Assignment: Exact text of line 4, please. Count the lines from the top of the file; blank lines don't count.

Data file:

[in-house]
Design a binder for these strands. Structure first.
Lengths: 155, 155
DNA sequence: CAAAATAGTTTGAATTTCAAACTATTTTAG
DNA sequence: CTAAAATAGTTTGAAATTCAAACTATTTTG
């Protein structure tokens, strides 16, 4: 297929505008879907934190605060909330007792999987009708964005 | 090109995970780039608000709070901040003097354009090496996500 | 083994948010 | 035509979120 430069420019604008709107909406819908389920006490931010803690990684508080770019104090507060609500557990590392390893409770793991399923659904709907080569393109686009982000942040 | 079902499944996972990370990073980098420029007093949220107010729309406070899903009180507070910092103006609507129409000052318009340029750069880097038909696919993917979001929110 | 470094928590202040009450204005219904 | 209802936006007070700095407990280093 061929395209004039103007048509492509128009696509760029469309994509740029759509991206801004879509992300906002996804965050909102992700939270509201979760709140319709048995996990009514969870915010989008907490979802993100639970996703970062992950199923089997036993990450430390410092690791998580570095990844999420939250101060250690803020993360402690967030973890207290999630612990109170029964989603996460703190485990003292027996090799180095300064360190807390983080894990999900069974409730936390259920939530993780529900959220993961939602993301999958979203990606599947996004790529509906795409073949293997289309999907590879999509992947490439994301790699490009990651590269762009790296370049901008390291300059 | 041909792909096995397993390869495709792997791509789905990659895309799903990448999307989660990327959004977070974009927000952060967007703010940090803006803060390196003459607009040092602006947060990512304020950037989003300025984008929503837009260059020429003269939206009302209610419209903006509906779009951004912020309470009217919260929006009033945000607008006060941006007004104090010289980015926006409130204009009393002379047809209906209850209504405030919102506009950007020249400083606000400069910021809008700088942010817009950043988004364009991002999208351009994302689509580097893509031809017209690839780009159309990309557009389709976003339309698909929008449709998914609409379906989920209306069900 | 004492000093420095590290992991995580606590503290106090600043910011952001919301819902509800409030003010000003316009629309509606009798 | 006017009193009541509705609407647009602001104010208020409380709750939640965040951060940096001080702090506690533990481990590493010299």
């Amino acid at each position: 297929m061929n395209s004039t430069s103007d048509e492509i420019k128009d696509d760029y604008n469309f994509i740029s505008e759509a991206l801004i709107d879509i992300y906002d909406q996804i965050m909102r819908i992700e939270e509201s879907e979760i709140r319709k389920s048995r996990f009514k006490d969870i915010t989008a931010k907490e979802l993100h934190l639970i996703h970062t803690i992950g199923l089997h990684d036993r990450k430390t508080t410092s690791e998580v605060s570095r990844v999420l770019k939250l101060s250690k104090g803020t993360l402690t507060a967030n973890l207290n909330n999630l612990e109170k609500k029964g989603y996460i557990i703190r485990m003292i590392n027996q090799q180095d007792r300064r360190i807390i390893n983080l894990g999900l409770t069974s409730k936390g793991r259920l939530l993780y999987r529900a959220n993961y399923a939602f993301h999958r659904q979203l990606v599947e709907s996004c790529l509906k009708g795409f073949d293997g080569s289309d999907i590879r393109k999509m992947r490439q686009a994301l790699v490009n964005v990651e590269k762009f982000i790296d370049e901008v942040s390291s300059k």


DNA sequence: CAAAATAGTTTGAATTTCAAACTATTTTAG